Whether valve tries to limit the use of their OS by OEMs, or objectively rates them, they will quickly find themselves partnerless if they try to exercise any form of legitimate control.

      Though I do agree, that without that control, they are setting themselves up for failure.

    • bfar
    • 5 years ago

    With big picture mode and streaming, most of the ducks are already in place.

    I’m not sure if the controller or the linux os will make it, but as it stands, Steam has already found a worthy place in the living room on so called HTPCs.

    • puppetworx
    • 5 years ago

    NVidia’s mystery device confirmed to be a Steam-streamer.

    • geekl33tgamer
    • 5 years ago

    I’m going here: These are almost as overdue as HALF LIFE 3.

      • sweatshopking
      • 5 years ago

      And they’ll be just as much of a letdown when they finally arrive.

        • geekl33tgamer
        • 5 years ago

        Yep. Let Valve learn the hard way. They get a lot more respect than they deserve. It amazes me how many jump to their defence no matter what they do!

        Edit: Typo

      • Goofus Maximus
      • 5 years ago

      I was going to post “Steam Machines! Valve’s Half Life 3 for the Hardware World!”

      • w76
      • 5 years ago

      Amazing if you think about it: They’re going to customize their own OS in a shorter period of time than they’re taking to develop Half Life 3.

      • odizzido
      • 5 years ago

      Valve could release HL3 for free for anyone running steamOS as incentive. Or other free games…and have a massive sale.

      I am with SSK mostly with his view on valve, I don’t think they’re that great. However if steamOS does well we could have a real alternative to windows for PC gamers which I would be quite happy about.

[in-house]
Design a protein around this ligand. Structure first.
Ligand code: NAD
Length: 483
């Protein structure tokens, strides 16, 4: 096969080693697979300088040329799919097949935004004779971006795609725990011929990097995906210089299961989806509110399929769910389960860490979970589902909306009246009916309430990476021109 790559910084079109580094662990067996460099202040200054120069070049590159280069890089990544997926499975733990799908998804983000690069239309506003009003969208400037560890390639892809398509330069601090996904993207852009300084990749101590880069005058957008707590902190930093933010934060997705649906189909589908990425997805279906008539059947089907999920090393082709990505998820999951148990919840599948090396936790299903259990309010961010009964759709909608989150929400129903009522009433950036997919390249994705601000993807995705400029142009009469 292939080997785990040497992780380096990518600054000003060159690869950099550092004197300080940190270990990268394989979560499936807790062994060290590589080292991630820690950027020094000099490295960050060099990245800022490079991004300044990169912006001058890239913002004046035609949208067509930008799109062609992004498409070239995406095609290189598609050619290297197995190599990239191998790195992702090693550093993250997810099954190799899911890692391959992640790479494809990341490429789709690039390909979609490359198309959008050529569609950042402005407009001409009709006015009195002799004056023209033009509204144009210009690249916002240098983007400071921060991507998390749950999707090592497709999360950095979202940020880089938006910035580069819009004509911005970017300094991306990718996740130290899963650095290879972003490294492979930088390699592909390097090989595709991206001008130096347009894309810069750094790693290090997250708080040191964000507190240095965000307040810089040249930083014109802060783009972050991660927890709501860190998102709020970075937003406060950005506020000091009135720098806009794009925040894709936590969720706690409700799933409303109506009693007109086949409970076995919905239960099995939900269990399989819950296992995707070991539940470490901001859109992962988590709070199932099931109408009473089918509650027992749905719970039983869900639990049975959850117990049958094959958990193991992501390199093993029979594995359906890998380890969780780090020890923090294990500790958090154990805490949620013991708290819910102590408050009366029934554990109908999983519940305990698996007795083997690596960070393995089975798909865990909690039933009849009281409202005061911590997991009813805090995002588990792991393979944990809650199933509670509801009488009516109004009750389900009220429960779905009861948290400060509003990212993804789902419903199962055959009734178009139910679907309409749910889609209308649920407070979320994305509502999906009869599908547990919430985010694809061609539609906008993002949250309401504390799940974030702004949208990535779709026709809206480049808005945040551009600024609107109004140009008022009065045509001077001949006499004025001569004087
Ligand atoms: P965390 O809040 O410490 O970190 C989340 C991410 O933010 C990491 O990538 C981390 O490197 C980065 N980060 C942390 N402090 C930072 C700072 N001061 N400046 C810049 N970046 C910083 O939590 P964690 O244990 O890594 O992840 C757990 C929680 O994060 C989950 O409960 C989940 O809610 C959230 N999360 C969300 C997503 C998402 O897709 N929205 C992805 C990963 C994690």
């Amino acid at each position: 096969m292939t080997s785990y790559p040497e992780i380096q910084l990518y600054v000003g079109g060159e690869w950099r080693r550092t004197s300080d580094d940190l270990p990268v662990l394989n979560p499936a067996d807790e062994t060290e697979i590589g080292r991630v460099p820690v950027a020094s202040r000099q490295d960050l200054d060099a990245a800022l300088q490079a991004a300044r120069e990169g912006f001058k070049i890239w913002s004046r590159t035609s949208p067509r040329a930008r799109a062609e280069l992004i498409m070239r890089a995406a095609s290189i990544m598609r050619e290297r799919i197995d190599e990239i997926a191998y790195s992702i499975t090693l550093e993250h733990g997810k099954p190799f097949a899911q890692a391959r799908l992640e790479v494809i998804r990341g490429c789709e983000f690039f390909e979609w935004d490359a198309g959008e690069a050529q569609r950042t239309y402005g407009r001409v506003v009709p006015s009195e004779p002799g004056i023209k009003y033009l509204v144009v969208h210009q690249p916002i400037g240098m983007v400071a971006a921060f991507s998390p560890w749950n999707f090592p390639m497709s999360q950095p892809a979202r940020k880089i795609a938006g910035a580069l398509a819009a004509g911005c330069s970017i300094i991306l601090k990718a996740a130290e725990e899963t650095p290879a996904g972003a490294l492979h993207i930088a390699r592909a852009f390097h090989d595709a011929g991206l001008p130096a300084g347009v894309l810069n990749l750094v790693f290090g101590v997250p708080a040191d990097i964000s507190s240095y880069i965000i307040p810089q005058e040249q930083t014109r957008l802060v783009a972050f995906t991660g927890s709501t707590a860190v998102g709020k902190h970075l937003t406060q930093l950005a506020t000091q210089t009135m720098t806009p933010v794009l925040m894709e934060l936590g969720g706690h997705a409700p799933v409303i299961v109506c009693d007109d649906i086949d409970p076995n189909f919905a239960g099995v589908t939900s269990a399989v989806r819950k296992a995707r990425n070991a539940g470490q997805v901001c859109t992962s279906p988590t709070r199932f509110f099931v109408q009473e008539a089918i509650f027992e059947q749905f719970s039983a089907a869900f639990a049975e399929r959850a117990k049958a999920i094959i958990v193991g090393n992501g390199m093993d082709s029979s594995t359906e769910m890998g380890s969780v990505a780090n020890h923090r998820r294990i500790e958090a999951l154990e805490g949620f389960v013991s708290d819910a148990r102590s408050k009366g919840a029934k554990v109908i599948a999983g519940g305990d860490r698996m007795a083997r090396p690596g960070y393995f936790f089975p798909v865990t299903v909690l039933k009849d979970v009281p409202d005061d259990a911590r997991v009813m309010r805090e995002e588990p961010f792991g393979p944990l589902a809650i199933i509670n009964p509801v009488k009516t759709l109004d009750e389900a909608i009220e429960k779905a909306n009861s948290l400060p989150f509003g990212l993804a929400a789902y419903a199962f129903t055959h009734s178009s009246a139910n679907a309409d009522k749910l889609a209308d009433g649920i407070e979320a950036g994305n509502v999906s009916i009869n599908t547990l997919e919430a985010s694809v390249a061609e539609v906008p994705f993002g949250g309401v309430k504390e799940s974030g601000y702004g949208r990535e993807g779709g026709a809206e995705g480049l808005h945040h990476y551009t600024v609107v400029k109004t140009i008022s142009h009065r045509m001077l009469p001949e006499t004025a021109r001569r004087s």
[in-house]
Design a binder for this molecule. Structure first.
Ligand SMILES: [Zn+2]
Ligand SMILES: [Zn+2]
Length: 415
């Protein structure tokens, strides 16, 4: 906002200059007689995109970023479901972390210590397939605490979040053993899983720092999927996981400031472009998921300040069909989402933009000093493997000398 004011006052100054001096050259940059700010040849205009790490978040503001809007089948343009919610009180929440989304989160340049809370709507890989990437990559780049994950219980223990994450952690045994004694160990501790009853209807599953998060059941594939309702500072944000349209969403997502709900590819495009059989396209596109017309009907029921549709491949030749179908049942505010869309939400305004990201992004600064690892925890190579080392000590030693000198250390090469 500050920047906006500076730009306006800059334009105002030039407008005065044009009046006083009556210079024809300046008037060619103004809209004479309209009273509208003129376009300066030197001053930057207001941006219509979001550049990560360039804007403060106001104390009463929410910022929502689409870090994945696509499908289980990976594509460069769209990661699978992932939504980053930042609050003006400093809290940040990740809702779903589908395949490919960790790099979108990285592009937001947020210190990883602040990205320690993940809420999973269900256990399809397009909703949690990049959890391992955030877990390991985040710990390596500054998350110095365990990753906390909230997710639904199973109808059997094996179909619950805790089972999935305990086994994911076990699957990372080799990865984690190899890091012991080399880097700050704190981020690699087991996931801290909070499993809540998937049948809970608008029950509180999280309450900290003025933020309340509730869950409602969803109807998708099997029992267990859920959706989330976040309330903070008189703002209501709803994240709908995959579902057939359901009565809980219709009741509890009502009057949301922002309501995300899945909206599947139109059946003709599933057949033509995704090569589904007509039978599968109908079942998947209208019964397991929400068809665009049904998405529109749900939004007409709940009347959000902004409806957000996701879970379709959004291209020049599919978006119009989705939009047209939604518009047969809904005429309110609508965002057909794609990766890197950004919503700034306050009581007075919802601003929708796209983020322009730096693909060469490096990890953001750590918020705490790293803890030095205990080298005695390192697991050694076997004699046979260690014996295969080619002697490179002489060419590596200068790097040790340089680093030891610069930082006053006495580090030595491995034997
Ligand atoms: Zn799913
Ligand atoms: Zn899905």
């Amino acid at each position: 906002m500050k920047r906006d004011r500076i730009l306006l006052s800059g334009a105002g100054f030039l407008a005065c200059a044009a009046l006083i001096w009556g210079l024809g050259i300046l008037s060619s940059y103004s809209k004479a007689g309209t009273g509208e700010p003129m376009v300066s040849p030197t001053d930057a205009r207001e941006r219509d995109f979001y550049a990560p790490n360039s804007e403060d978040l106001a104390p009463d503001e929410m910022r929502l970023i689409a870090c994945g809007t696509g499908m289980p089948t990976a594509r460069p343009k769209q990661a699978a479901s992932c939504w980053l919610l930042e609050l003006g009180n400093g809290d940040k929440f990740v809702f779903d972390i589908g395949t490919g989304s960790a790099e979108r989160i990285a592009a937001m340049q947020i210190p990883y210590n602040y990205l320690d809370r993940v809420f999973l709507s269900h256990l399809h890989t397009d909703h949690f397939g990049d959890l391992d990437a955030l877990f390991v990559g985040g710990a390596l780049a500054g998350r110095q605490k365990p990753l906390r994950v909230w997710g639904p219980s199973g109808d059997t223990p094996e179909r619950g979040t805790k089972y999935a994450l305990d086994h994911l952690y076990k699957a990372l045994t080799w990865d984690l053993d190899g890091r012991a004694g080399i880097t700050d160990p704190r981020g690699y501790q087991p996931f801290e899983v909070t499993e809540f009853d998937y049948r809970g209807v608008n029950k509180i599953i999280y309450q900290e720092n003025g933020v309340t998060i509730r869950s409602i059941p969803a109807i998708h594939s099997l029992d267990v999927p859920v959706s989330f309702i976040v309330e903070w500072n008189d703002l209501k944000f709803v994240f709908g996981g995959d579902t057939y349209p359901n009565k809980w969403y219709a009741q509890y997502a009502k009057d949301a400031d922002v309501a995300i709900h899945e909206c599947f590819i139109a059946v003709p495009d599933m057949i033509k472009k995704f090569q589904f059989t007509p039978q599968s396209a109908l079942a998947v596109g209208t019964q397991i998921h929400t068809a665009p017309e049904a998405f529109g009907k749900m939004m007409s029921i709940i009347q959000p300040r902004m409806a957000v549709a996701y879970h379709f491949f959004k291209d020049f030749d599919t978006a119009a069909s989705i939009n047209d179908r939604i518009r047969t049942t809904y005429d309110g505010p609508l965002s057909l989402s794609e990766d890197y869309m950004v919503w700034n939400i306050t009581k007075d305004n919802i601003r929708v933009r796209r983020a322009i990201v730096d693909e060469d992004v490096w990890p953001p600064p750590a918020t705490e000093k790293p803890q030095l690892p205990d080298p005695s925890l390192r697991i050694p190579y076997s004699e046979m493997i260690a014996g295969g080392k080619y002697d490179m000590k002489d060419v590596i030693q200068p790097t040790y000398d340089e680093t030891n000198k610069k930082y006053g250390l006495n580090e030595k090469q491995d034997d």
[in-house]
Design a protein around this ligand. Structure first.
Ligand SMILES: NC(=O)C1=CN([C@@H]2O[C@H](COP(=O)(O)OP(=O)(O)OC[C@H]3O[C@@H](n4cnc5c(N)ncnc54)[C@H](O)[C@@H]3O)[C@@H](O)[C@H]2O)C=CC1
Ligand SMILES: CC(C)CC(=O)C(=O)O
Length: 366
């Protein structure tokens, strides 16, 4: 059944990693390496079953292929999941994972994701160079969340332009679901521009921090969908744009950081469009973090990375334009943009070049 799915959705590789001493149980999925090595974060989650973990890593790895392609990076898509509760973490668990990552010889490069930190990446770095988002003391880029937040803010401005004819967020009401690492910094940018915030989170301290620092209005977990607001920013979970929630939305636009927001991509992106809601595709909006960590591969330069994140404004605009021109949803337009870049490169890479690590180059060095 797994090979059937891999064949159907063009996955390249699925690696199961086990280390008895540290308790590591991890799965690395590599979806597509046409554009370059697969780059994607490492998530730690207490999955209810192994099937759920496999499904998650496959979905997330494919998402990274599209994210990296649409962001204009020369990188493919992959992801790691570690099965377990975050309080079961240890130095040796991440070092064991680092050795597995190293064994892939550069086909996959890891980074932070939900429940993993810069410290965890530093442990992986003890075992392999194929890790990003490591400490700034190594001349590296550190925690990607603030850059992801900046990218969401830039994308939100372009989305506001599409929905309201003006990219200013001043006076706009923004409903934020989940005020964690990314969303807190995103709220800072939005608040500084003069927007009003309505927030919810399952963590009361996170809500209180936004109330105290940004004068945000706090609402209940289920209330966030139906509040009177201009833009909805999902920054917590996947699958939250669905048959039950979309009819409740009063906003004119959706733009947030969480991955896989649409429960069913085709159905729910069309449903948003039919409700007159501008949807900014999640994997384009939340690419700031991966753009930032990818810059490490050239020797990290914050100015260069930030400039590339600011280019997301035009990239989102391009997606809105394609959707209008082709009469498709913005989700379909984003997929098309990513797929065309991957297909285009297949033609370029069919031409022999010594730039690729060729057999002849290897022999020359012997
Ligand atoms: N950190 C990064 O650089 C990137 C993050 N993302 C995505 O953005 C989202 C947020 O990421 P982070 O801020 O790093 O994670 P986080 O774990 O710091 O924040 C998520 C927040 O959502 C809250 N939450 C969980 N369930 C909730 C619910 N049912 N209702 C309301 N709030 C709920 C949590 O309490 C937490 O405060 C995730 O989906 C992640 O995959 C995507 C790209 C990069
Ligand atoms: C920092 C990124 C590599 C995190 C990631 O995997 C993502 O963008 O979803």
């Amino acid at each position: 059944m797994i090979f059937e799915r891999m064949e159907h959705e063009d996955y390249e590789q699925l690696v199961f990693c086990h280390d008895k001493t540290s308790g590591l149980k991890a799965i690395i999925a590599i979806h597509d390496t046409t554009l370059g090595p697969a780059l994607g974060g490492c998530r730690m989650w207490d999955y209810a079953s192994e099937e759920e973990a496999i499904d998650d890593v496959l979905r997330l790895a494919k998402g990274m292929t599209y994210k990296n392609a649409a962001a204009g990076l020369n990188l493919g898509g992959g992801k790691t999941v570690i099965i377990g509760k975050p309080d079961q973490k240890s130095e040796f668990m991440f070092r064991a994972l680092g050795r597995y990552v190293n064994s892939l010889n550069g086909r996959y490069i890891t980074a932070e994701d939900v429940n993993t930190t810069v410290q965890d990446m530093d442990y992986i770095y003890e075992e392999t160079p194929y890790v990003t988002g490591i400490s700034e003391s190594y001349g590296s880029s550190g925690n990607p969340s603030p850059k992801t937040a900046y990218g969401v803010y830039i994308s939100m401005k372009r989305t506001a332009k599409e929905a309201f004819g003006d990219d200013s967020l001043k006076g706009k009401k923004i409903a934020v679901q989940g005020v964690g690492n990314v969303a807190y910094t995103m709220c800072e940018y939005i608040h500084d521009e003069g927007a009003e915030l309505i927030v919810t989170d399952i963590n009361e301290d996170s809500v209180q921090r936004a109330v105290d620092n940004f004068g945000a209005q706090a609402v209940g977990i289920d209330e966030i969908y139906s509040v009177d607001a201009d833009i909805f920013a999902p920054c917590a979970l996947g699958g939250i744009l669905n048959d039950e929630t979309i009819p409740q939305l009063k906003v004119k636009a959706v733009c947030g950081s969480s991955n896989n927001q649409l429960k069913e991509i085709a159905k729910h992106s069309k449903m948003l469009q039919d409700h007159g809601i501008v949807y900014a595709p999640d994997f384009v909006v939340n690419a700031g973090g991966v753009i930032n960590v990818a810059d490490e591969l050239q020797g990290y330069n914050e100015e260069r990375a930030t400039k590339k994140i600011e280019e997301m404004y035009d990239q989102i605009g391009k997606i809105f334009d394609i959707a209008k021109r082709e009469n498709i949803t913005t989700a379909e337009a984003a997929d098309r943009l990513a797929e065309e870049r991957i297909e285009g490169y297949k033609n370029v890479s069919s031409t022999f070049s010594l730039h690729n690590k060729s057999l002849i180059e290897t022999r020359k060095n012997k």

• kamikaziechameleon
    • 5 years ago

    I’m happy for the controller and big screen version of steam. Those are sweet. But a dedicated system, well seems 3rd parties like ubisoft and EA and blizzard are not really going to support the Linux steam.

      • l33t-g4m3r
      • 5 years ago

      Which is why alienware released theirs with windows. Cue SSK, “Windows doesn’t count”.

    • Deanjo
    • 5 years ago

    Steam Machines, oGL Next and Nvidia’s secret revealed all at the same time……. hmmmmmm

    • Ninjitsu
    • 5 years ago

    Is this what Nvidia have been working on for 5 years?

    • JustAnEngineer
    • 5 years ago

    I’m looking forward to Valve finally releasing a finished product. Steam machines could energize the HTPC space. Even if SteamOS doesn’t replace existing operating systems, I’m interested in improvements in controllers and in SFF system components suitable for gaming.

    • l33t-g4m3r
    • 5 years ago

    Cue SSK, “Steam Machines don’t exist”.

      • sweatshopking
      • 5 years ago

      Don’t worry, I’ve already read the article.
      Steam machines DON’T exist. They may in the future, and I don’t think I ever said they wouldn’t. I said they’re too late, and DOA beside a VERY small market share. I think that position still stands.
      Even read the comments here. When I said I didn’t think it would do well when the announced it I was rabidly opposed. Now, people generally agree with me. A year ago they may have been on to something. Now? Too little, too late. Classic valve.

        • bittermann
        • 5 years ago

        How in the world are they DOA? Was there some promised release by date you are aware of that the rest of us weren’t? Did Valve kick your dog or something? Are you opposed to gaming getting better on Linux? Careful, your bias is showing.

          • sweatshopking
          • 5 years ago

          Lol. My bias? yeah, I am biased. Valve gets way more love than they deserve and this will go nowhere. They’re a mediocre software maker that behaves hypocritically and then nerd fanboys eat it up because they liked a game they made 14 years ago.
          These are DOA because nobody will buy them. I think that should be clear.

            • puppetworx